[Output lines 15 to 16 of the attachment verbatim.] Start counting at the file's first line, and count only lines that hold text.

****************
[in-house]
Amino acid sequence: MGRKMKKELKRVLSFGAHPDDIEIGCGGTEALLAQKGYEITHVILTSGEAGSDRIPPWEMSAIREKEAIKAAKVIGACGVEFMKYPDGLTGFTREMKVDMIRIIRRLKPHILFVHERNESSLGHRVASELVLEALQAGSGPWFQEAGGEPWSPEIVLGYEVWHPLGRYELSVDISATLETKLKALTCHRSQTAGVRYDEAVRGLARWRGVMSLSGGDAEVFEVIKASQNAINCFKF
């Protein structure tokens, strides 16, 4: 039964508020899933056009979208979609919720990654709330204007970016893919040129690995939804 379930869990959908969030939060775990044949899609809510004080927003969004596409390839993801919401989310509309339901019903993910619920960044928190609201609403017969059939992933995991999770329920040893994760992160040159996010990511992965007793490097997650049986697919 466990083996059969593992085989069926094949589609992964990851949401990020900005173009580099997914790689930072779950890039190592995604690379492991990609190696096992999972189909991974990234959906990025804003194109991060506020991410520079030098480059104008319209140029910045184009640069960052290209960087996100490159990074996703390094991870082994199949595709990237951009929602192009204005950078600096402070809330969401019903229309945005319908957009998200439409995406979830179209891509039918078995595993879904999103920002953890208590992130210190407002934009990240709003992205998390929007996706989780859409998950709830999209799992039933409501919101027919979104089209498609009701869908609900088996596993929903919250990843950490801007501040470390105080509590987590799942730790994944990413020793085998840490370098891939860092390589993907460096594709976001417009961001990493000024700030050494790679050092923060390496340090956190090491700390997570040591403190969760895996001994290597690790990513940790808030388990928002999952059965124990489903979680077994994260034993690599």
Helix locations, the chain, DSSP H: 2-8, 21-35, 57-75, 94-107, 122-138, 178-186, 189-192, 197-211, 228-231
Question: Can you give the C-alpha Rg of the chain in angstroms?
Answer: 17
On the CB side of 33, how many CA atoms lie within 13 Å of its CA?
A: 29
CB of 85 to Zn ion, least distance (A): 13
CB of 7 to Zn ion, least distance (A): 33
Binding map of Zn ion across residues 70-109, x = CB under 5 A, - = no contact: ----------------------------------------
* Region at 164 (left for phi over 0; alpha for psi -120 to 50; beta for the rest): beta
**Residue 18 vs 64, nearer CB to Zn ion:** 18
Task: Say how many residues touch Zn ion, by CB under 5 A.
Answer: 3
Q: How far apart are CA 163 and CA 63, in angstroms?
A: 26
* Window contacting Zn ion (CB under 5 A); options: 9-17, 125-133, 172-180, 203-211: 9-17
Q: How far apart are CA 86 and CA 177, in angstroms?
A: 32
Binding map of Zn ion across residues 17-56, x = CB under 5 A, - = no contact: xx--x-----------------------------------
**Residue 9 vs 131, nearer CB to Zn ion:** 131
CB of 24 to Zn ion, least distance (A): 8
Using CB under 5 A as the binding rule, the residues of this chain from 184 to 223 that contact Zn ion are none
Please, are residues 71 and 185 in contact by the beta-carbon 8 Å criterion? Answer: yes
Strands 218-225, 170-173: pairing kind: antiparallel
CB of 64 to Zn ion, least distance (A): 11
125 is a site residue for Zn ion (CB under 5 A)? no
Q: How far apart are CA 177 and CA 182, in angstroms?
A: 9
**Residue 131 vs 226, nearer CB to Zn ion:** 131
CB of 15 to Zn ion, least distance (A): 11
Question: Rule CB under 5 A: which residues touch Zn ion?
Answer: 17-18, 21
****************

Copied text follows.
Answer: 3
Q: How far apart are CA 163 and CA 63, in angstroms?